08/02/2012 01:01 pm ET Updated Oct 02, 2012

Tom Cruise Doesn't Know That He's My Cousin

In Last Friday's Los Angeles Times calendar section, it was reported (in an excellent article by Randy Lewis) that R&B legend Aretha Franklin, in a performance at the Nokia Theater, offered a moving a tribute to her "honorary niece," the late, great Whitney Houston.

How cool that must have been for a singer as talented and accomplished as Whitney Houston to have this world-renowned diva, this entertainer whom Rolling Stone magazine called the greatest singer in history, designate her as her "honorary niece." What a compliment! It's like Mick Jagger naming Axl Rose his honorary nephew.

But as flattering as these honorifics are, they puzzle me. I know what a nephew and niece are (in fact, I have several of my own), and I'm aware that civil law, for purposes of inheritance and bequeathment, recognizes them as blood relatives. Accordingly, because "niece" and "nephew" have actual, precise legal definitions, it seems a bit strange to have them used casually as terms of endearment or affection

On the other hand, if you're going to do it, why not do it right? If you're going to declare your undying love for someone who is biologically unrelated to you, why limit yourself to niece or nephew? Why not go the extra mile and designate this treasured individual as your "honorary" son or daughter, or "honorary" brother or sister? I mean, what the hell? Since it's all make-believe anyway, why not make it worthwhile?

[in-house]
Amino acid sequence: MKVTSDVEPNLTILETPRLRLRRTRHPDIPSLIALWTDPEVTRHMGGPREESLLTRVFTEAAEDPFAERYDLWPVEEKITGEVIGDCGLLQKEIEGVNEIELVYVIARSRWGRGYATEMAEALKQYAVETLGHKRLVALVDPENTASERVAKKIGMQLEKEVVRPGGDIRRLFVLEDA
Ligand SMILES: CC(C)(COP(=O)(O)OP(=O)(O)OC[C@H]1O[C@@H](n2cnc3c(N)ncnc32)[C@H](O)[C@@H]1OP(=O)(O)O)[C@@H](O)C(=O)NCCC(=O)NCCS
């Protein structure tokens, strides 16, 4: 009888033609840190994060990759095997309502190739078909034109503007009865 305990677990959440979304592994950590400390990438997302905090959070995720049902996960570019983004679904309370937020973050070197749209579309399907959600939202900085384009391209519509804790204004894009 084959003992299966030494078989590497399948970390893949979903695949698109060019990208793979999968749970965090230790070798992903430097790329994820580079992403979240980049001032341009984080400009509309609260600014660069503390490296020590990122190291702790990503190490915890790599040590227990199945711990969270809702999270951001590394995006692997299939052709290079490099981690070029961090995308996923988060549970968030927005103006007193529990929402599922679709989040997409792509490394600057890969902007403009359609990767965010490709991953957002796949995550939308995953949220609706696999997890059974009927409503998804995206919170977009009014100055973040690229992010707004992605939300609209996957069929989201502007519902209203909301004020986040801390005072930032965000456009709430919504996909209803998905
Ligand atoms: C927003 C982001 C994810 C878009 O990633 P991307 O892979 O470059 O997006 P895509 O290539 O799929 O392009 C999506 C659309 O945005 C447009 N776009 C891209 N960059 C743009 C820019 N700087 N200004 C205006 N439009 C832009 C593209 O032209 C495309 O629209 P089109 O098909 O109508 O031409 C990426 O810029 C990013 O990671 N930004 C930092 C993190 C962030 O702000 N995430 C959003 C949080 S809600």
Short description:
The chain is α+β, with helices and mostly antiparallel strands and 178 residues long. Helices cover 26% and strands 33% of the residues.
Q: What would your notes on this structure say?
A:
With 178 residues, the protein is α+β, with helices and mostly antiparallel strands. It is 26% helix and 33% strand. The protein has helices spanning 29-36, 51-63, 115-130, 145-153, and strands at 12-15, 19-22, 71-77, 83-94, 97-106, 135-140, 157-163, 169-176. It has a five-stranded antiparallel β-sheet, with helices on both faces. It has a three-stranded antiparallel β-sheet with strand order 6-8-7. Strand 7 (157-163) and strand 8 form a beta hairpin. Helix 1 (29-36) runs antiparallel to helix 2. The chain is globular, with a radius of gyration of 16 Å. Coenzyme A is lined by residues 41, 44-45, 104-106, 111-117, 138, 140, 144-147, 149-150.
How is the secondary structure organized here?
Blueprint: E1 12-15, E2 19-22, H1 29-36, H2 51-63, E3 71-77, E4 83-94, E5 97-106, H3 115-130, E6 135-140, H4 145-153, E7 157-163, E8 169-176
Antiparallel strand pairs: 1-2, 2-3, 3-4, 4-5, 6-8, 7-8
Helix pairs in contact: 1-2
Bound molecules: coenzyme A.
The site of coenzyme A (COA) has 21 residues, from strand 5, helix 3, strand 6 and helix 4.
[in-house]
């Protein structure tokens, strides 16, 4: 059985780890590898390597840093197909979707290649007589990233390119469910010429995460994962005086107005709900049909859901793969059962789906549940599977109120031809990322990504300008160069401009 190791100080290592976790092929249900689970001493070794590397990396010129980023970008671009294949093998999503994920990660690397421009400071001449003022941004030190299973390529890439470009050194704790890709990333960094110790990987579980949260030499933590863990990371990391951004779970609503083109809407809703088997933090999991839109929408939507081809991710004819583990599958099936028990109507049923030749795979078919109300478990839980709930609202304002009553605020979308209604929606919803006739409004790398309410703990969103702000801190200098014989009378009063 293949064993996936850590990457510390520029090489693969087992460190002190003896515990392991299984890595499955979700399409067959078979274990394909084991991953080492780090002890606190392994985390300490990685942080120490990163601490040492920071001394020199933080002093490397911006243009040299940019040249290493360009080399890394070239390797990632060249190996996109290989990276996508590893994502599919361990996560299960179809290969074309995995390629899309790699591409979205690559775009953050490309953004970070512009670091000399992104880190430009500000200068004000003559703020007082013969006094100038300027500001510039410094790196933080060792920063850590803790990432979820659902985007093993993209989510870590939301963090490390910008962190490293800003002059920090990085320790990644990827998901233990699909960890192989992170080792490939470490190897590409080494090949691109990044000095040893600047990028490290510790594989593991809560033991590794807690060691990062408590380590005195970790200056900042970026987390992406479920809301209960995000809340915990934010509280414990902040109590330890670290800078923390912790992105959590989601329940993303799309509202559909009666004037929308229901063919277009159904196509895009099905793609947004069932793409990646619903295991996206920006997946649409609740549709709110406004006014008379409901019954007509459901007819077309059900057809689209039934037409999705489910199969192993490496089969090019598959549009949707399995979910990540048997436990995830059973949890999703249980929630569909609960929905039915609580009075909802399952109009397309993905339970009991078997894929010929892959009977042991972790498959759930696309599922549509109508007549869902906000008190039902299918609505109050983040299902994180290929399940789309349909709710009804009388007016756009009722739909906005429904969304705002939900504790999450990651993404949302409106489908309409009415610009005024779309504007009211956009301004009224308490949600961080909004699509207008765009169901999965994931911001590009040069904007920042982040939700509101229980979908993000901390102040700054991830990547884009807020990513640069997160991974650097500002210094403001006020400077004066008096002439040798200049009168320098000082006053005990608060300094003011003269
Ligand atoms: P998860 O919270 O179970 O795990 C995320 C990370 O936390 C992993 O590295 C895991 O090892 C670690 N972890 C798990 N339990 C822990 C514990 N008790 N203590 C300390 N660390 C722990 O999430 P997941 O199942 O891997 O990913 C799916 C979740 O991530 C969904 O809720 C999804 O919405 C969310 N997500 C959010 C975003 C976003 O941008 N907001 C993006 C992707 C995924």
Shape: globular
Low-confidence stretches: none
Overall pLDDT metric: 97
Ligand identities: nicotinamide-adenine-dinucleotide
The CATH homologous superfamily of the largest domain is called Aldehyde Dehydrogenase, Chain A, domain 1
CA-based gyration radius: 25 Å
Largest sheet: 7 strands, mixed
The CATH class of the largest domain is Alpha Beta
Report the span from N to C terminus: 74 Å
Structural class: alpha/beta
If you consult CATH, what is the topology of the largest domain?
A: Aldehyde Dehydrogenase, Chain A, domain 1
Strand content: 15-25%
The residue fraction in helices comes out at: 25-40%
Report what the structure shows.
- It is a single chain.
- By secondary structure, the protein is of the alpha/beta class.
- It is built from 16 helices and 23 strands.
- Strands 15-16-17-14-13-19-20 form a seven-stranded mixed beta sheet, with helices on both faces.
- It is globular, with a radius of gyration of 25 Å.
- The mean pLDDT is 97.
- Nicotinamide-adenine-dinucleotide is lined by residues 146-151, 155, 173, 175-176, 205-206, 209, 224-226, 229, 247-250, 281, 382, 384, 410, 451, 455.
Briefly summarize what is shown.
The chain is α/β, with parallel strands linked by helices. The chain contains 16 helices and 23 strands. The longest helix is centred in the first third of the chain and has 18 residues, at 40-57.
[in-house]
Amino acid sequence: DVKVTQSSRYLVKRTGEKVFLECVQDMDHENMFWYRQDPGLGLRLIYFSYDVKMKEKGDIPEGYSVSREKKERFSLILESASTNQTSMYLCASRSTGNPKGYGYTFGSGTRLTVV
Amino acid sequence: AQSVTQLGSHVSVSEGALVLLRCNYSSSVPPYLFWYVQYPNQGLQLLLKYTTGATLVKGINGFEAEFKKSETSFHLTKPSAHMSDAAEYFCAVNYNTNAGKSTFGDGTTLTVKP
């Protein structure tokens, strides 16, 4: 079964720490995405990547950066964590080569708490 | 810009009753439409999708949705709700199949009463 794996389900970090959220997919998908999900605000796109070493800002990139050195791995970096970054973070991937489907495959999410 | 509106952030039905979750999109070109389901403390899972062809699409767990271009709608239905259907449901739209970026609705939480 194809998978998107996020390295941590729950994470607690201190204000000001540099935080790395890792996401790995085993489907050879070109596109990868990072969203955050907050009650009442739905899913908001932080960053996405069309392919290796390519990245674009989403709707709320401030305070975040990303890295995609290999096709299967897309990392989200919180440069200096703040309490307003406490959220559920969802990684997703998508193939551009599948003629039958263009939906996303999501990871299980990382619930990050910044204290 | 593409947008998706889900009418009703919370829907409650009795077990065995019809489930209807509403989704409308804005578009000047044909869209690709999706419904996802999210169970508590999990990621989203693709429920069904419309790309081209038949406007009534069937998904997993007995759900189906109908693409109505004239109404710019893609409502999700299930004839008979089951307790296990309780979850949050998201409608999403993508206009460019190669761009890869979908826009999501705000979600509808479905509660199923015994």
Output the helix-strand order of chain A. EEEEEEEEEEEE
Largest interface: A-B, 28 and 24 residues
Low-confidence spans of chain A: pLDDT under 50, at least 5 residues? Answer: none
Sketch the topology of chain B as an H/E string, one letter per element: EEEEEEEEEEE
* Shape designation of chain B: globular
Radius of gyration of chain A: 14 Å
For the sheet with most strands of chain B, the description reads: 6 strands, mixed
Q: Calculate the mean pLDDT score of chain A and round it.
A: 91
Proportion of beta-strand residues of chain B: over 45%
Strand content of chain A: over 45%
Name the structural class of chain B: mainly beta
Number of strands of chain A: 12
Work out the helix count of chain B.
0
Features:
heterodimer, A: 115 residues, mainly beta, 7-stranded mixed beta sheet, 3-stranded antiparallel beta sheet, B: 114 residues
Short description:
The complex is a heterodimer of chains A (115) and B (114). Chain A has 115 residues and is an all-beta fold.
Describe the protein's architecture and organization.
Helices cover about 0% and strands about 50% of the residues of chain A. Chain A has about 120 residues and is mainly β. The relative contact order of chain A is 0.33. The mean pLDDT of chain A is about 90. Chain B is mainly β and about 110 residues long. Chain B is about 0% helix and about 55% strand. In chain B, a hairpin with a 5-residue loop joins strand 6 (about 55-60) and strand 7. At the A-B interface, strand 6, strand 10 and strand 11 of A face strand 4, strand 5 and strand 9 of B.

And there's the question of reciprocity. Is the person required to accept the designation? Does the woman you name as your honorary niece have to agree to it? Can they refuse? I think not. I think you can name anyone you like to be your honorary relative, and they can't stop you. Obviously, there are limits. It goes without saying that a man can't designate a woman as his "honorary wife" and expect her to have sex or cook for him.

Honorary doctorate degrees are another oddity. Several years ago, a successful country & western singer was given an honorary doctorate by an accredited college, even though, by the singer's own admission, he had never even finished high school, having been forced to drop out in order to work full-time on his family's tobacco farm. His road to fame, from such modest beginnings, has been widely publicized.

Still, modest beginnings or not, why would you give this unlettered man something as deeply rooted in academia as a Ph.D.? Wouldn't awarding him the high school diploma he never received have been honor enough? Indeed, receiving his high school diploma retroactively would have been a gesture he both understood and appreciated.

Or, if you were in a wildly generous mood, you could award him a bachelor's degree. For a high school drop-out that would be one a coveted prize. After all, this man had never set foot on a college campus, yet here he is, receiving a sheepskin. But why the wretched excess of a doctorate? Why give him the granddaddy of all academic degrees? What on God's earth is a hillbilly singer going to do with a phony Ph.D.?

In truth, this whole phenomenon of honorary titles leaves me perplexed. I'm seriously considering asking the brilliant philosopher and linguist, Noam Chomsky, to explain it to me. But first, I'll have to break the news to him that he's my uncle.

David Macaray, a Los Angeles playwright and author ("It's Never Been Easy: Essays on Modern Labor"), was a former union rep. He can be reached at